While it is easy to get excited about the potential benefits and value that robots can deliver, it is just as easy to overlook the necessity of building out a robust RPA implementation strategy. Many organizations believe that once robots are set up, they can continue to run autonomously without oversight; this is entirely untrue. Though they may leverage an organization's existing IT infrastructure, robots introduce an additional layer of complexity to the technology architecture that requires governance and oversight by IT (Sohoni). Robots also require constant management and maintenance over their lifetimes. The platforms that robots interact with are subject to change, and often the flexibility to deal with changes to the application user interfaces they interact with isn't configured accordingly; minor changes to an application form, for example, could throw off months of work (Boulton). Additionally, RPA can't fix poorly designed/broken processes. Rather, it speeds them up and shifts the resulting errors and bottlenecks further down the production line, which only creates deeper problems (Trefler). As a result, successfully building and deploying robots has proven to take a lot longer and be more complex and costly than many organizations ideally envisioned.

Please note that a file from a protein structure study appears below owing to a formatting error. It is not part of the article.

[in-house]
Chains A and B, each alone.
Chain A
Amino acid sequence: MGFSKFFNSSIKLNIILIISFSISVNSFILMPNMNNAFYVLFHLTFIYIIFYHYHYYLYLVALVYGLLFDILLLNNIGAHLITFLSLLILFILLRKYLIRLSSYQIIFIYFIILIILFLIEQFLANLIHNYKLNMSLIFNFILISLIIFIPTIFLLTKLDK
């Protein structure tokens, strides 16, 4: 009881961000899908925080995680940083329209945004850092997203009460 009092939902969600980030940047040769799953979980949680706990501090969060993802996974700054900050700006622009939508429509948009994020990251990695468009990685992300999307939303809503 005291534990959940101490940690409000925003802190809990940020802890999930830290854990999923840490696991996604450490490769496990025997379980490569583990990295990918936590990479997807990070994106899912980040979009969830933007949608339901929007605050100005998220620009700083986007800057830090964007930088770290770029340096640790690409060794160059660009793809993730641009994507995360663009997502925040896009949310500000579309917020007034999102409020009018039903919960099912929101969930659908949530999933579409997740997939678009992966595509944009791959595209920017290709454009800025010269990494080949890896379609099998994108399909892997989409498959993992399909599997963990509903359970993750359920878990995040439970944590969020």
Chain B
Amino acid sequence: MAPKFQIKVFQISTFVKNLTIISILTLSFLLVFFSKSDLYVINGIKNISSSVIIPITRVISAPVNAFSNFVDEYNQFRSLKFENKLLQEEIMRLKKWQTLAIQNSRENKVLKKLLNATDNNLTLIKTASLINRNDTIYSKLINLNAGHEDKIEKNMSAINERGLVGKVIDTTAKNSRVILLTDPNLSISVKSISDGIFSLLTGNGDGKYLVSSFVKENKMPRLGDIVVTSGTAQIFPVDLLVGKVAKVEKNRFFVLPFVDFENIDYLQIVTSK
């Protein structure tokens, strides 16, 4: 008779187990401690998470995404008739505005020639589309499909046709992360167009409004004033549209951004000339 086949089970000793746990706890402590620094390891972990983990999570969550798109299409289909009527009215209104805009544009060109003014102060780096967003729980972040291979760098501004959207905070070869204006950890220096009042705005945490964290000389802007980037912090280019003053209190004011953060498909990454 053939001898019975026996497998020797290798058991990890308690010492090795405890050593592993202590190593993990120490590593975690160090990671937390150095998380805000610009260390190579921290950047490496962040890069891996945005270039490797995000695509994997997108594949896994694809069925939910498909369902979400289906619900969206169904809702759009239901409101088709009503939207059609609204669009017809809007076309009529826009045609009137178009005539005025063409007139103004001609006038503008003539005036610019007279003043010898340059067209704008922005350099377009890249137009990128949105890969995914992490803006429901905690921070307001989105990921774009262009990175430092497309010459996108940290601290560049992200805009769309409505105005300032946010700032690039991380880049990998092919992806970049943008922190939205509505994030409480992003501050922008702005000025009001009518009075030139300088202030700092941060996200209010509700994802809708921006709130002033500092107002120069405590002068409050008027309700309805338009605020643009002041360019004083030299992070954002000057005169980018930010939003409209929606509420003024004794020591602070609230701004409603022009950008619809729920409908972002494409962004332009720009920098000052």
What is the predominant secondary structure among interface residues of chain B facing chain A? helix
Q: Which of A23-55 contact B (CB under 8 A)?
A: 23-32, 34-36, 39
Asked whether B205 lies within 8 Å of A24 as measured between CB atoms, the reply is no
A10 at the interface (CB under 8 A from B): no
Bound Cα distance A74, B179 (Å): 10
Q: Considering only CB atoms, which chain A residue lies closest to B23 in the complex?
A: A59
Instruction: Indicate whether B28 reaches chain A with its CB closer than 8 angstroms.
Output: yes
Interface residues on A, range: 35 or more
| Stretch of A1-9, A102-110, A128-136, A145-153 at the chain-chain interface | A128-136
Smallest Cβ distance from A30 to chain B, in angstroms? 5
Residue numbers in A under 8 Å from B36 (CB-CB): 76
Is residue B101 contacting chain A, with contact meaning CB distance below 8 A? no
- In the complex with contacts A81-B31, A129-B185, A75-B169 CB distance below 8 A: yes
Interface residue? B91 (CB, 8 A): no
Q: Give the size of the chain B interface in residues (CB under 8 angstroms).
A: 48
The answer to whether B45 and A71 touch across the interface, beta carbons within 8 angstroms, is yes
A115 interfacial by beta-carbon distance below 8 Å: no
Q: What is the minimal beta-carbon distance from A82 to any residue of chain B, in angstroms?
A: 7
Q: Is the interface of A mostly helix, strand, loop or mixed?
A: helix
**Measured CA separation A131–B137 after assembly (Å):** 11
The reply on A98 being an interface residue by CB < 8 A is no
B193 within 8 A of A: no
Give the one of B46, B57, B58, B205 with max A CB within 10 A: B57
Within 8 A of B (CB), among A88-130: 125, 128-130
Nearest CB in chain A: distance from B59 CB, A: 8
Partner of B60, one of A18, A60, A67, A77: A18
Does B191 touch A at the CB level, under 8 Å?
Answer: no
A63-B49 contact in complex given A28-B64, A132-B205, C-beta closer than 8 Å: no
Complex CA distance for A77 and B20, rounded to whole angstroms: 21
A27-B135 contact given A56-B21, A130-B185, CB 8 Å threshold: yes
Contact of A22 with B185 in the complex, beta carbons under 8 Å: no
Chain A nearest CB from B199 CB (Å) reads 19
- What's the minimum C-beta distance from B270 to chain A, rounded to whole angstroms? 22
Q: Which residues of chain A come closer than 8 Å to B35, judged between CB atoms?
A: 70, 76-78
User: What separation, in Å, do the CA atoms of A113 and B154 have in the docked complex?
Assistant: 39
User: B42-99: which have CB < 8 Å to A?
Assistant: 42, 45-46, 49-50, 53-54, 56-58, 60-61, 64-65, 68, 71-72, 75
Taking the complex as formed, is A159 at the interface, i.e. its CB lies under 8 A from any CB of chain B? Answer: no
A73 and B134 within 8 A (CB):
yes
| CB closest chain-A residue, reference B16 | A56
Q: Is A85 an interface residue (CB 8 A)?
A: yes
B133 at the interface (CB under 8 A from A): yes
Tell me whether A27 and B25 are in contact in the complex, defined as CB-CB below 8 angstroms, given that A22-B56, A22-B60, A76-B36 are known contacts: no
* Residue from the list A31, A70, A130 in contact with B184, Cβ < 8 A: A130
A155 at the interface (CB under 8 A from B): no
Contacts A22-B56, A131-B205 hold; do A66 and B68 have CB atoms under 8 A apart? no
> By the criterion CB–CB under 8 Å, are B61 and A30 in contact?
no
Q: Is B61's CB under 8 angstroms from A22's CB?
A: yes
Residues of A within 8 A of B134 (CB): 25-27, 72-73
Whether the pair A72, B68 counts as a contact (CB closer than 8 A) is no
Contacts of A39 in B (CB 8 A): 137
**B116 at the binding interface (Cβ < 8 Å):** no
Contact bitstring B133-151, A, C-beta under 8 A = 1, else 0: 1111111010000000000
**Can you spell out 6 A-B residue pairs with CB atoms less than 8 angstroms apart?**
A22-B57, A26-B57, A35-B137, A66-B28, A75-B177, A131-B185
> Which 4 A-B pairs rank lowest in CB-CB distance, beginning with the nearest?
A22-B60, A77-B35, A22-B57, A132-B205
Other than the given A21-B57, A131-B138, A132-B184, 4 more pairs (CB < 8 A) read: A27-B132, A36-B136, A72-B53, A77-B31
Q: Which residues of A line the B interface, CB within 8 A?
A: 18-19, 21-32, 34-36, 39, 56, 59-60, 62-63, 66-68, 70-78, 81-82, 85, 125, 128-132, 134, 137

A New Paradigm

There is good news, however. Many of the aforementioned difficulties encountered by organizations when setting up robots can be mitigated in a cloud environment. RPA delivered on the cloud is an example of a SaaS-based (Software as a Service) solution3 as the infrastructure, maintenance, and support are being provided as services by the RPA vendor. What this means is that organizations are freed of the burdens of installation and ongoing administration of the robots (RPA). With minor configuration changes, organizations can directly deploy robots to perform specific tasks as the RPA vendor has already gone through the lengthy development process on their end. The cloud also enhances the capabilities of the robots as they are no longer limited by local resources in terms of computation power, memory and software. This allows them to grow and learn much faster than if they were installed locally. Furthermore, leveraging the vast infrastructure of a cloud-hosted environment allows robots to share data and perform powerful computations on a scale previously unprecedented, resulting in operations and tasks occurring within a fraction of the time required by that of locally installed robots.

Looking Toward the Future

The cloud has undoubtedly revolutionized the business landscape and changed it for the better. It has allowed organizations to gain access to more powerful applications and share information on a global scale. Looking for other means to gain further efficiencies, many organizations have begun to turn to RPA. RPA implementations, which are supported by extensive planning and robust design, have been proven to produce much stronger results. However, the continued maintenance and support of the robots created still falls upon the organizations themselves. Organizations that combine RPA with the cloud are not only able to free themselves of this burden, but also experience the benefits and realize value much faster than those that don't.


The content of this article is intended to provide a general guide to the subject matter. Specialist advice should be sought about your specific circumstances.